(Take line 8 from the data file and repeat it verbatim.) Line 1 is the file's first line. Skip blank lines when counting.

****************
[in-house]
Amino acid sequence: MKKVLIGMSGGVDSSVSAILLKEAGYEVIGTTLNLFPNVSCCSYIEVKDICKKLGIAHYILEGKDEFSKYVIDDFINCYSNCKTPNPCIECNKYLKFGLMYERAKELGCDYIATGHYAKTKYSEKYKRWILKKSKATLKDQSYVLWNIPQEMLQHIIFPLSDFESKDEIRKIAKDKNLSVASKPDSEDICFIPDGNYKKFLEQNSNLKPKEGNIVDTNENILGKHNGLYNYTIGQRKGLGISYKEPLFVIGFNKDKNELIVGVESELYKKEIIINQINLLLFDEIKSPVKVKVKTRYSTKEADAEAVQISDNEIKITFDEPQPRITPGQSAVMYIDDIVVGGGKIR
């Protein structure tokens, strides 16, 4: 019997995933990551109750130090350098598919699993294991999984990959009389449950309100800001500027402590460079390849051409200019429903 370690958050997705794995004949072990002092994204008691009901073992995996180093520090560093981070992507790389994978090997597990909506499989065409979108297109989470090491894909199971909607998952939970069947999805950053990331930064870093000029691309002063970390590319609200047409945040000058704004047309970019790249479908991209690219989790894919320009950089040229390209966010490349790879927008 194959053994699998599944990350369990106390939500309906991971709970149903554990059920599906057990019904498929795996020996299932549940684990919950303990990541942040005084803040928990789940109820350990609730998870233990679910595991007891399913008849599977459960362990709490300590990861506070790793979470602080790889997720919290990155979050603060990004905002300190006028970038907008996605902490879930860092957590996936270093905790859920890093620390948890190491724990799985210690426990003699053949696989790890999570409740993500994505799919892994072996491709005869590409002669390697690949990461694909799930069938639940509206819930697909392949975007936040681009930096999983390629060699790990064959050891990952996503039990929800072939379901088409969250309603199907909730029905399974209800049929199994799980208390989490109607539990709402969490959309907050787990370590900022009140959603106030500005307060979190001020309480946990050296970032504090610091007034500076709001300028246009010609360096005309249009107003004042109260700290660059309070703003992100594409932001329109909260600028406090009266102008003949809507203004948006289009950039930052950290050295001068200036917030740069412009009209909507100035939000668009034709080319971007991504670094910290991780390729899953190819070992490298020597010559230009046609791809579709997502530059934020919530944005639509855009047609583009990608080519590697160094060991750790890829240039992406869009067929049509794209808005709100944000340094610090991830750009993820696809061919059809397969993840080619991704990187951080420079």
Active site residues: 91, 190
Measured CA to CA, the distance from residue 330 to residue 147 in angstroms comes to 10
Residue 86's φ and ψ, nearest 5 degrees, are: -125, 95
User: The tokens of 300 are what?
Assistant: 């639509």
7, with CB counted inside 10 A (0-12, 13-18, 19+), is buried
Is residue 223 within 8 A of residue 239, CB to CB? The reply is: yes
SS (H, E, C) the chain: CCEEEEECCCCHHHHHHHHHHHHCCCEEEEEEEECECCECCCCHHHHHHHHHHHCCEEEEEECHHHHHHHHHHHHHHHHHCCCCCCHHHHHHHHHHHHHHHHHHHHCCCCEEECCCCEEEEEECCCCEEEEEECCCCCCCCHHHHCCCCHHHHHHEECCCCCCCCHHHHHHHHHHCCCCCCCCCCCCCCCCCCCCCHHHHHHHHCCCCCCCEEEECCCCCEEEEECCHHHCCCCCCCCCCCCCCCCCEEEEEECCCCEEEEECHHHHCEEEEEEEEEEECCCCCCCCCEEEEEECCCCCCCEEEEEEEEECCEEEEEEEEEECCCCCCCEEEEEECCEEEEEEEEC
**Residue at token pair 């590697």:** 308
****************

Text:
Assistant: 């639509």